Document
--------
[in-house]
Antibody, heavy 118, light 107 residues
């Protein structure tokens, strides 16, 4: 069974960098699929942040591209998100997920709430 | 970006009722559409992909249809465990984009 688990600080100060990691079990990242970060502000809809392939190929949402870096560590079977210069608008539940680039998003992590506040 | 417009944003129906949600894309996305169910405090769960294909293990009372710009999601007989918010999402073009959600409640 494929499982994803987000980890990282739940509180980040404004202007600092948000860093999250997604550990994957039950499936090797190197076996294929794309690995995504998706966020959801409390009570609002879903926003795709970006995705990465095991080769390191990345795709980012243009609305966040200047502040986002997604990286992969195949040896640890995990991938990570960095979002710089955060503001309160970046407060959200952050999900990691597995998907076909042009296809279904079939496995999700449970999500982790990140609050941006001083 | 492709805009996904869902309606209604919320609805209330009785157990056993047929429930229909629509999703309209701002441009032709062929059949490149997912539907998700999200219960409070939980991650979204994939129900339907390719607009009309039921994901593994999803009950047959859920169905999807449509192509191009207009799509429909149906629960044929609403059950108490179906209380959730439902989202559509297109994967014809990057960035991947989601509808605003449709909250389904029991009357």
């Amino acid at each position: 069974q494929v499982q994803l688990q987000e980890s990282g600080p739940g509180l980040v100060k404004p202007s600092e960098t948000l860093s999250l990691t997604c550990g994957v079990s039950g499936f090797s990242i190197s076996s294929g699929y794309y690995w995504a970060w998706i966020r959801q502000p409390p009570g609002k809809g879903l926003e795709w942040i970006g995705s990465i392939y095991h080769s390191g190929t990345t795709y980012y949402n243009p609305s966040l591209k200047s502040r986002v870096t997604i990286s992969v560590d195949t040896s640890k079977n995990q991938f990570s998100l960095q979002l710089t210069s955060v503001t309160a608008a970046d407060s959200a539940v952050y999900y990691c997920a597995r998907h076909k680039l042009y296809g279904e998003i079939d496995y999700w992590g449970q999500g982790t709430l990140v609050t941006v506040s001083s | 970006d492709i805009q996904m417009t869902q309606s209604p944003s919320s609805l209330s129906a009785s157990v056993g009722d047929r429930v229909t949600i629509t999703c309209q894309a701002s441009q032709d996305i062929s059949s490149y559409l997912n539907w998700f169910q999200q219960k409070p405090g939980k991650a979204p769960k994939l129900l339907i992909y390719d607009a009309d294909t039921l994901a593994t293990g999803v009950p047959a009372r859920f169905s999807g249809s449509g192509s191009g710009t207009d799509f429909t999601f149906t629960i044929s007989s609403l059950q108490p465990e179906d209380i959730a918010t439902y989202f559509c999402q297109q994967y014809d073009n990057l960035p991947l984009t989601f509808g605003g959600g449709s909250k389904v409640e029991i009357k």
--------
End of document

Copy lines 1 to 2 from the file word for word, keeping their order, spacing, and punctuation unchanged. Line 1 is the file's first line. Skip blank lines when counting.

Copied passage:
[in-house]
Antibody, heavy 118, light 107 residues